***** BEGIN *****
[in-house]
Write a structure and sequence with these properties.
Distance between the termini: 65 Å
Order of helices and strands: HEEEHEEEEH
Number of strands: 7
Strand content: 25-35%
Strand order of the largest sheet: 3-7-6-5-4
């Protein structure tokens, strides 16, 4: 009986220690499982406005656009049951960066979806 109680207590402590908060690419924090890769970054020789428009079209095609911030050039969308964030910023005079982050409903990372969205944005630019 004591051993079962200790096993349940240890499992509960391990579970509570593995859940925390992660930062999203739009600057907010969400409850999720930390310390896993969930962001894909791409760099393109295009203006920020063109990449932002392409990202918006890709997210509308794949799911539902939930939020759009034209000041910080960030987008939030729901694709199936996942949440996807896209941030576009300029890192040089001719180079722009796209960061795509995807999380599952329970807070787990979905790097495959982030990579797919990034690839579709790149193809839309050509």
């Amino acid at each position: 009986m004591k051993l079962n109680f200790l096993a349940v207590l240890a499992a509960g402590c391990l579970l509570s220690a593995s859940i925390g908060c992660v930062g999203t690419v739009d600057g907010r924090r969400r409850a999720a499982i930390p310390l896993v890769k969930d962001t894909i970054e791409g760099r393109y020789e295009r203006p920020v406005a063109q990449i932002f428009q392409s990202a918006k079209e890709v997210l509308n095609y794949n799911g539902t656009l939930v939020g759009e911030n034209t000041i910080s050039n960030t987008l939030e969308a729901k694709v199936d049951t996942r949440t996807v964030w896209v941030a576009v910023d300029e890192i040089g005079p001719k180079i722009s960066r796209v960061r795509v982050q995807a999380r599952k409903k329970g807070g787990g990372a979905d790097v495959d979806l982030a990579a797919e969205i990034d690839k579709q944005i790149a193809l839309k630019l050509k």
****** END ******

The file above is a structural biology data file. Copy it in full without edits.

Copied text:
[in-house]
Write a structure and sequence with these properties.
Distance between the termini: 65 Å
Order of helices and strands: HEEEHEEEEH
Number of strands: 7
Strand content: 25-35%
Strand order of the largest sheet: 3-7-6-5-4
């Protein structure tokens, strides 16, 4: 009986220690499982406005656009049951960066979806 109680207590402590908060690419924090890769970054020789428009079209095609911030050039969308964030910023005079982050409903990372969205944005630019 004591051993079962200790096993349940240890499992509960391990579970509570593995859940925390992660930062999203739009600057907010969400409850999720930390310390896993969930962001894909791409760099393109295009203006920020063109990449932002392409990202918006890709997210509308794949799911539902939930939020759009034209000041910080960030987008939030729901694709199936996942949440996807896209941030576009300029890192040089001719180079722009796209960061795509995807999380599952329970807070787990979905790097495959982030990579797919990034690839579709790149193809839309050509």
């Amino acid at each position: 009986m004591k051993l079962n109680f200790l096993a349940v207590l240890a499992a509960g402590c391990l579970l509570s220690a593995s859940i925390g908060c992660v930062g999203t690419v739009d600057g907010r924090r969400r409850a999720a499982i930390p310390l896993v890769k969930d962001t894909i970054e791409g760099r393109y020789e295009r203006p920020v406005a063109q990449i932002f428009q392409s990202a918006k079209e890709v997210l509308n095609y794949n799911g539902t656009l939930v939020g759009e911030n034209t000041i910080s050039n960030t987008l939030e969308a729901k694709v199936d049951t996942r949440t996807v964030w896209v941030a576009v910023d300029e890192i040089g005079p001719k180079i722009s960066r796209v960061r795509v982050q995807a999380r599952k409903k329970g807070g787990g990372a979905d790097v495959d979806l982030a990579a797919e969205i990034d690839k579709q944005i790149a193809l839309k630019l050509k």